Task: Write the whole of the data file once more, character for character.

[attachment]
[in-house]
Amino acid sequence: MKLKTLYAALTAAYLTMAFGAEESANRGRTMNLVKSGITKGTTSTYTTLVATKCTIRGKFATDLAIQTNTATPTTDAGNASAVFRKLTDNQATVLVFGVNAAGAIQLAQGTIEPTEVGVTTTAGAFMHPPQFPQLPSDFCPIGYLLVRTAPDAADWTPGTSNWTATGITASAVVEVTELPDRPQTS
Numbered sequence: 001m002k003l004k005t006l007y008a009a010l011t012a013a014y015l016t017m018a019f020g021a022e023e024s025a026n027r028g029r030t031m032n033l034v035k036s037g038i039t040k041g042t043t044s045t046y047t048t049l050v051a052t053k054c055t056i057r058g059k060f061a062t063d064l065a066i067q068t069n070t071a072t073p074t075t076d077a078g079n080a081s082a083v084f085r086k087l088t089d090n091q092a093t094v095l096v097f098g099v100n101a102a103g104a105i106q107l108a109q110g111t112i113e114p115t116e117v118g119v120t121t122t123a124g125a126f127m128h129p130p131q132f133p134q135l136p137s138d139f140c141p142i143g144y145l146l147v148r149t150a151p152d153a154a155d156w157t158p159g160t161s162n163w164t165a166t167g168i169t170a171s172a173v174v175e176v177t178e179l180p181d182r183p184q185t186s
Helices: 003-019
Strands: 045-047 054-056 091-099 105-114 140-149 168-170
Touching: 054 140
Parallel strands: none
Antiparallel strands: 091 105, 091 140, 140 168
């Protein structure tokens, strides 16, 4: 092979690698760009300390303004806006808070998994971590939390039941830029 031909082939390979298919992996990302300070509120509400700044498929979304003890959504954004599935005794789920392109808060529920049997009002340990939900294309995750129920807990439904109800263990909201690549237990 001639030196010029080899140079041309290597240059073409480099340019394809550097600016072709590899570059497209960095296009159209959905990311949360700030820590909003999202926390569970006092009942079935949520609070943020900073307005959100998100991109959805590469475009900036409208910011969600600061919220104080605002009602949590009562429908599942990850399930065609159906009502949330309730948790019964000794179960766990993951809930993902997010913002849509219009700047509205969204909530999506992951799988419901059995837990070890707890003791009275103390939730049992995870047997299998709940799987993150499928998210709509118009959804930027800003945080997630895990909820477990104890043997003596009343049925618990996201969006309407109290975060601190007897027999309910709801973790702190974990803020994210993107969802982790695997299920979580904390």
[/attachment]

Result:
[in-house]
Amino acid sequence: MKLKTLYAALTAAYLTMAFGAEESANRGRTMNLVKSGITKGTTSTYTTLVATKCTIRGKFATDLAIQTNTATPTTDAGNASAVFRKLTDNQATVLVFGVNAAGAIQLAQGTIEPTEVGVTTTAGAFMHPPQFPQLPSDFCPIGYLLVRTAPDAADWTPGTSNWTATGITASAVVEVTELPDRPQTS
Numbered sequence: 001m002k003l004k005t006l007y008a009a010l011t012a013a014y015l016t017m018a019f020g021a022e023e024s025a026n027r028g029r030t031m032n033l034v035k036s037g038i039t040k041g042t043t044s045t046y047t048t049l050v051a052t053k054c055t056i057r058g059k060f061a062t063d064l065a066i067q068t069n070t071a072t073p074t075t076d077a078g079n080a081s082a083v084f085r086k087l088t089d090n091q092a093t094v095l096v097f098g099v100n101a102a103g104a105i106q107l108a109q110g111t112i113e114p115t116e117v118g119v120t121t122t123a124g125a126f127m128h129p130p131q132f133p134q135l136p137s138d139f140c141p142i143g144y145l146l147v148r149t150a151p152d153a154a155d156w157t158p159g160t161s162n163w164t165a166t167g168i169t170a171s172a173v174v175e176v177t178e179l180p181d182r183p184q185t186s
Helices: 003-019
Strands: 045-047 054-056 091-099 105-114 140-149 168-170
Touching: 054 140
Parallel strands: none
Antiparallel strands: 091 105, 091 140, 140 168
């Protein structure tokens, strides 16, 4: 092979690698760009300390303004806006808070998994971590939390039941830029 031909082939390979298919992996990302300070509120509400700044498929979304003890959504954004599935005794789920392109808060529920049997009002340990939900294309995750129920807990439904109800263990909201690549237990 001639030196010029080899140079041309290597240059073409480099340019394809550097600016072709590899570059497209960095296009159209959905990311949360700030820590909003999202926390569970006092009942079935949520609070943020900073307005959100998100991109959805590469475009900036409208910011969600600061919220104080605002009602949590009562429908599942990850399930065609159906009502949330309730948790019964000794179960766990993951809930993902997010913002849509219009700047509205969204909530999506992951799988419901059995837990070890707890003791009275103390939730049992995870047997299998709940799987993150499928998210709509118009959804930027800003945080997630895990909820477990104890043997003596009343049925618990996201969006309407109290975060601190007897027999309910709801973790702190974990803020994210993107969802982790695997299920979580904390």